The Pasadena Senior Games has teamed up with the California Senior Games Association to produce a monthly Zoom series of sports-related panel discussions by seasoned current and former professional athletes followed by questions from viewers of the live events.
Four former stars in women’s professional basketball will be featured at 4 p.m. Monday, May 10: Sue Wicks, Ann Meyers, Laurie Byrd and Kirsten Cummings.
Anyone 50 or older may register by visiting www.pasadenaseniorcenter.org and clicking on Events, Clubs and Lectures, then Online Events or calling 626-795-4331. Everyone who registers will receive a link via email for joining the Zoom discussion. Membership in the Pasadena Senior Center and residency in Pasadena are not required. Anyone who does not have Internet access may call 626-795-4331 to receive a number to call to listen to the live event by phone.
Sue Wicks played women’s basketball from 1984 to 1988 for Rutgers University in New Jersey where she was a three-time All-American and remains the record-holder as lead scorer with 2,655 points and lead rebounder with 1,357 rebounds. She was Atlantic 10 Player of the Year and Tournament MVP three years in a row from 1986 to 1988 and the U.S. Basketball Writers Association Player of the Year in 1988. She played for the
Women's National Basketball Association (WNBA) New York Liberty from 1997 to 2002 and was a member of the WNBA All-Star Team in 2000. She is a former assistant coach for the women’s basketball teams at Rutgers and Saint Francis College in Brooklyn. She was inducted into the Women’s Basketball Hall of Fame in 2013.
A trailblazer all her life, Ann Meyers was the first woman accepted by an American university on a four-year athletic scholarship. She led the UCLA Bruins to a national championship and became the first four-time All-American women’s basketball player. She recorded the first quadruple-double in NCAA history, male or female, then was the first and only woman to sign with an NBA team, the Indiana Pacers. Although her name was not on the final roster, she made history again, just as she did in 1976 when she led the first USA women’s Olympic team to a silver medal. She was the first player drafted by the pre-WNBA Women’s Professional Basketball League in 1978, playing for the New Jersey Gems. When ESPN came calling in 1983, she became the first woman to serve as a sports analyst for the new network, and went on to be a basketball analyst for NBC Sports and CBS Sports. She and late baseball legend Don Drysdale were the first married couple inducted into their respective halls of fame. Currently she is vice president of the WNBA’s Phoenix Mercury.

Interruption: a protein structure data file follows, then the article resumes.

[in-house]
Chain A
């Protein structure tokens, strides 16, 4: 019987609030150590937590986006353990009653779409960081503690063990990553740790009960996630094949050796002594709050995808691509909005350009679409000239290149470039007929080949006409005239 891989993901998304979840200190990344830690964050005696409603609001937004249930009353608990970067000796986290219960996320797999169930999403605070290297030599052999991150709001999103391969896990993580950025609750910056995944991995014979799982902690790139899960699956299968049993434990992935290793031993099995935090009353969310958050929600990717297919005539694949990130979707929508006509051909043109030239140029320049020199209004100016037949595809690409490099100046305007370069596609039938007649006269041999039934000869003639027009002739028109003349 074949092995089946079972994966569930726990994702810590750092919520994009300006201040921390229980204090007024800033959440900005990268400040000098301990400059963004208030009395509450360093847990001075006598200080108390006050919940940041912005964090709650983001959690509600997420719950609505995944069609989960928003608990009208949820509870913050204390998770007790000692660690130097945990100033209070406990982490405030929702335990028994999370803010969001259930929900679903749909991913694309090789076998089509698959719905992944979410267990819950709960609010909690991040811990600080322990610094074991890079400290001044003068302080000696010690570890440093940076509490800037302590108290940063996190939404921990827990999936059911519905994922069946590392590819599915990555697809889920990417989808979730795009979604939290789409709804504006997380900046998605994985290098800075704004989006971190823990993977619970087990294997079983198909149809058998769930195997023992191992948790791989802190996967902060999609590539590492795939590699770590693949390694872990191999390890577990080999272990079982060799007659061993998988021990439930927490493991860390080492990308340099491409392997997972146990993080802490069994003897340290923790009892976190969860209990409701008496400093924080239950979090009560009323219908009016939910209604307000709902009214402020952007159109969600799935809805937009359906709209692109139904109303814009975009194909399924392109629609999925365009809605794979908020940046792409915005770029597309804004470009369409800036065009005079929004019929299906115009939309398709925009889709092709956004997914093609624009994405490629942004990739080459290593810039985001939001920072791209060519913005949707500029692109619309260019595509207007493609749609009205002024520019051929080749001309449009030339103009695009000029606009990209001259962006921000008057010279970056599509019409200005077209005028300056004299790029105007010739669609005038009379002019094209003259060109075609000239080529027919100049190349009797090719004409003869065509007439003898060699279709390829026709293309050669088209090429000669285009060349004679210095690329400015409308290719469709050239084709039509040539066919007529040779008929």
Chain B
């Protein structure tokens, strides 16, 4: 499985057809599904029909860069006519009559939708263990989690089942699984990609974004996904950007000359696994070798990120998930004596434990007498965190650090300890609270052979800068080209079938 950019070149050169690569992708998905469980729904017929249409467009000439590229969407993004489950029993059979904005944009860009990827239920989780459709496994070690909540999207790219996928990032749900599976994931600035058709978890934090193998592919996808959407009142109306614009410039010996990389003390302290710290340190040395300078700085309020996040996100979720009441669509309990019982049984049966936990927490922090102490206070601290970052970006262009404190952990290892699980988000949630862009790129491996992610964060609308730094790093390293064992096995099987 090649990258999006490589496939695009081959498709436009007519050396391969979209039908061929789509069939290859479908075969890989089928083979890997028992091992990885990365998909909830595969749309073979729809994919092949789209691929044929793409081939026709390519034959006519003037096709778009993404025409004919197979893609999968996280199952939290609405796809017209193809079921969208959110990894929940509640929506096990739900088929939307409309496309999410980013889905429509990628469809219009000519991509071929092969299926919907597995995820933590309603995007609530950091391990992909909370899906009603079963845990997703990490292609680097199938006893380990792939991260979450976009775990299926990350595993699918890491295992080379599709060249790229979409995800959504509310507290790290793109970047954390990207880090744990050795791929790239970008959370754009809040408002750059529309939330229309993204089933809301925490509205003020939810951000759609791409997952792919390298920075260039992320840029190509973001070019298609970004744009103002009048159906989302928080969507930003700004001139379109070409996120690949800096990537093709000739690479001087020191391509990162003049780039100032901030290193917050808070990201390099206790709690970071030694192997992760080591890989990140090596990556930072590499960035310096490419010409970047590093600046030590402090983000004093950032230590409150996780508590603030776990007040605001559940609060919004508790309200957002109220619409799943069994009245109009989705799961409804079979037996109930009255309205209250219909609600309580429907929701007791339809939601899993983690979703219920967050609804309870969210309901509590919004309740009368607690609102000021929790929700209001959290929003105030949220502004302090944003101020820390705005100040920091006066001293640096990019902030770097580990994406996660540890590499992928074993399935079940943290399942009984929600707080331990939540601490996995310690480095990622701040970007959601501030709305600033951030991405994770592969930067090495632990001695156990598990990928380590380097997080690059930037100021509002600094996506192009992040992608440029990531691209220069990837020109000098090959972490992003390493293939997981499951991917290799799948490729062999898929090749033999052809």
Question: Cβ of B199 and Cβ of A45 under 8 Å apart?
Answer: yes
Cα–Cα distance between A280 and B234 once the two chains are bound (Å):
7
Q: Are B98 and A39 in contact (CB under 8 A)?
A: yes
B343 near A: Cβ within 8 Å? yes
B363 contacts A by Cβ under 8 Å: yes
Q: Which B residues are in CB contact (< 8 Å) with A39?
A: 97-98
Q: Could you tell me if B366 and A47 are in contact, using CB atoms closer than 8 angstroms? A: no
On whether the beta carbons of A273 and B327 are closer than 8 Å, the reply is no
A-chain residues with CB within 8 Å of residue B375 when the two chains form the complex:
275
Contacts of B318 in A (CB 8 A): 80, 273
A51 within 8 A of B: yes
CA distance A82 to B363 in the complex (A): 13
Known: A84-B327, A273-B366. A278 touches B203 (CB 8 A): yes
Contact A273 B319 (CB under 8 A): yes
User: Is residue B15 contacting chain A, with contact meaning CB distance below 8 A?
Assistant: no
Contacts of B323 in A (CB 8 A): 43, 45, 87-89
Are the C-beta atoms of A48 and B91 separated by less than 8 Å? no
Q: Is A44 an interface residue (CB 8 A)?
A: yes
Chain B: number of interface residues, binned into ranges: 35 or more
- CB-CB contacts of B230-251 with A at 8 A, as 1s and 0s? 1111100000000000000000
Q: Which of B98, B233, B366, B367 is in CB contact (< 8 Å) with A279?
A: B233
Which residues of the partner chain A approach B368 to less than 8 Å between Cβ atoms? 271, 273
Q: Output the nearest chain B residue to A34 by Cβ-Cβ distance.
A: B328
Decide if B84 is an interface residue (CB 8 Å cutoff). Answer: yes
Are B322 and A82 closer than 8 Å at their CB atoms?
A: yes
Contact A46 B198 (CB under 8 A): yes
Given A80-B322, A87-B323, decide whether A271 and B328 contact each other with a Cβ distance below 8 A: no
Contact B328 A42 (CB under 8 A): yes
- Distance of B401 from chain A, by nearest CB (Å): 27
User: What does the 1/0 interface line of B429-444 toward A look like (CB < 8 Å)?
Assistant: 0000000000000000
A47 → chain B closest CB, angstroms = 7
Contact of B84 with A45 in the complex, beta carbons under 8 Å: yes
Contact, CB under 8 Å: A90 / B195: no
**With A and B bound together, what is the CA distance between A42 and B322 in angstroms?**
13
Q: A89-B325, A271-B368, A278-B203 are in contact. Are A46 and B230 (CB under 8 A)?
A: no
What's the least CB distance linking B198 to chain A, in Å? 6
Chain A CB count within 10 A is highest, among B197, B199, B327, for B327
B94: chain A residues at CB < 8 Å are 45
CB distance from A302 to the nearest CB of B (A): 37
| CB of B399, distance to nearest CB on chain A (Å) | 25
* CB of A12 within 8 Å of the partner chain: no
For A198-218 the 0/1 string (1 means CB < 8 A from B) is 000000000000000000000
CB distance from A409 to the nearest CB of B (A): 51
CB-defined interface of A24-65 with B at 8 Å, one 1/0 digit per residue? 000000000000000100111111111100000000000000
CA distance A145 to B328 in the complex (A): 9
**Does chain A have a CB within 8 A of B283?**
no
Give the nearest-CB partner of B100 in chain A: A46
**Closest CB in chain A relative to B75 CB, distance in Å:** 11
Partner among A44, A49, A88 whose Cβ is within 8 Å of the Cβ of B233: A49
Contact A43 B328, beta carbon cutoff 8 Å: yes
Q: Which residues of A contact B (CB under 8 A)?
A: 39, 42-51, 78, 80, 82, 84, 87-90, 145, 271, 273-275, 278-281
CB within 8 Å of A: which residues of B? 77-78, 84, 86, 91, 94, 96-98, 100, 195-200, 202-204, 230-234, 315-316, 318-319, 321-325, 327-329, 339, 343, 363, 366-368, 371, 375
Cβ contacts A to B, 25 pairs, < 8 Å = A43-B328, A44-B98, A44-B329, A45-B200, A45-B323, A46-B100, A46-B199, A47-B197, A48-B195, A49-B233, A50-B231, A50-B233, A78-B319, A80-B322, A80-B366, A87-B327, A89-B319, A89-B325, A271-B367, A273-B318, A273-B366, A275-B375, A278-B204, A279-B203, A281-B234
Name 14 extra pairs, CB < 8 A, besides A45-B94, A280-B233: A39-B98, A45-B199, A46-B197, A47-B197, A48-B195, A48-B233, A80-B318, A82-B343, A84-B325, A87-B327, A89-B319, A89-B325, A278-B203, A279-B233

As a girl growing up on the streets of Detroit, Laurie Byrd developed a love of basketball, and at a youth summer camp she beat Lakers and Pistons legend John Salley in a one-on-one matchup. As a college student, she played on the Eastern Michigan University Hurons (now the Eagles) women’s basketball team from 1978 to 1982 and scored 1,899 points, a record that was not surpassed by women or men players until 2011. Before there was a WNBA, Byrd played professionally for 11 years in the American Basketball League, the Women’s Basketball Association and for seven years in Europe. Between 2003 and 2011, after her playing career, she was assistant coach of WNBA teams including Detroit Shock, New York Liberty, Houston Comets and Washington Mystics. She now is head coach of the MiraCosta College women’s basketball team.
Her deafness never defined Kirsten Cummings or stopped her from becoming one of the best women’s basketball players in the U.S. As the first deaf player named a first-team All-American, she excelled on the top-ranked Long Beach State women’s basketball team in the mid-1980s, then played professional basketball for two years in the U.S. in the Women’s Basketball League and 12 years in five other countries. After retiring from pro basketball at age 36, she cofounded the National Senior Athletes Association, a resource center for older adults who want to play competitive sports and/or stay fit for the rest of their lives. She is a former women’s basketball commissioner for the San Diego Senior Games and currently is executive director of the San Diego Senior Games and owner of Silver Swan Training for female and male athletes 50 and older.
The panel discussion will be moderated by Anne Warner Cribbs, a founder of the pre-WNBA American Basketball Association. She is president of the California Senior Games.
Instead of a big 35th anniversary celebration of the Pasadena Senior Games this spring and summer presented by the Pasadena Senior Center, the games have been canceled due to COVID-19. A celebration may be scheduled later in the year depending on how long the COVID issue continues.
In addition to online classes and other Zoom activities, members and nonmembers of the Pasadena Senior Center are encouraged to visit the website regularly for COVID-19 updates for older adults and other timely information, a weekly blog, monthly magazine, ongoing activities throughout the year and more.